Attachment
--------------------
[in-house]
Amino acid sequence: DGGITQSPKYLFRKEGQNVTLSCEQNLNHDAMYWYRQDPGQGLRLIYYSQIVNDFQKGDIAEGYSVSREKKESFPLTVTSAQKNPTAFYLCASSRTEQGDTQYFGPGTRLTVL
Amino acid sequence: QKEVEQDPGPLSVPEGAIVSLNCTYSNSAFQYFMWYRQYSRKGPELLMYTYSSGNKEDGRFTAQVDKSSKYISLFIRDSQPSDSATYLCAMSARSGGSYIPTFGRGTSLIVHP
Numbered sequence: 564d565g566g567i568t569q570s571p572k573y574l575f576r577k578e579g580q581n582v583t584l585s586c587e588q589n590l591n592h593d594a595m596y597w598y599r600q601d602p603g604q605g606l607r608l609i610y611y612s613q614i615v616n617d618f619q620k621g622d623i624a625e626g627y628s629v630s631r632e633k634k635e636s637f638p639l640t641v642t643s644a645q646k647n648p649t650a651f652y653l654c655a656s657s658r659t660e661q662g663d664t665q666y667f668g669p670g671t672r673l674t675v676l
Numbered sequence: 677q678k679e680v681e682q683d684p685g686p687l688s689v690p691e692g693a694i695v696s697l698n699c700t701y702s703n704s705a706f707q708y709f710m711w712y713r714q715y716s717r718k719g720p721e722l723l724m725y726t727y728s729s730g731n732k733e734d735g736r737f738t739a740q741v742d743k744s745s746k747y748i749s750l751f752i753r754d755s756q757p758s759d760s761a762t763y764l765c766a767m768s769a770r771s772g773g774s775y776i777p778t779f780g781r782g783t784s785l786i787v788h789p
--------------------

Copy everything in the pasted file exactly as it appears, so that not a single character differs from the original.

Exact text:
[in-house]
Amino acid sequence: DGGITQSPKYLFRKEGQNVTLSCEQNLNHDAMYWYRQDPGQGLRLIYYSQIVNDFQKGDIAEGYSVSREKKESFPLTVTSAQKNPTAFYLCASSRTEQGDTQYFGPGTRLTVL
Amino acid sequence: QKEVEQDPGPLSVPEGAIVSLNCTYSNSAFQYFMWYRQYSRKGPELLMYTYSSGNKEDGRFTAQVDKSSKYISLFIRDSQPSDSATYLCAMSARSGGSYIPTFGRGTSLIVHP
Numbered sequence: 564d565g566g567i568t569q570s571p572k573y574l575f576r577k578e579g580q581n582v583t584l585s586c587e588q589n590l591n592h593d594a595m596y597w598y599r600q601d602p603g604q605g606l607r608l609i610y611y612s613q614i615v616n617d618f619q620k621g622d623i624a625e626g627y628s629v630s631r632e633k634k635e636s637f638p639l640t641v642t643s644a645q646k647n648p649t650a651f652y653l654c655a656s657s658r659t660e661q662g663d664t665q666y667f668g669p670g671t672r673l674t675v676l
Numbered sequence: 677q678k679e680v681e682q683d684p685g686p687l688s689v690p691e692g693a694i695v696s697l698n699c700t701y702s703n704s705a706f707q708y709f710m711w712y713r714q715y716s717r718k719g720p721e722l723l724m725y726t727y728s729s730g731n732k733e734d735g736r737f738t739a740q741v742d743k744s745s746k747y748i749s750l751f752i753r754d755s756q757p758s759d760s761a762t763y764l765c766a767m768s769a770r771s772g773g774s775y776i777p778t779f780g781r782g783t784s785l786i787v788h789p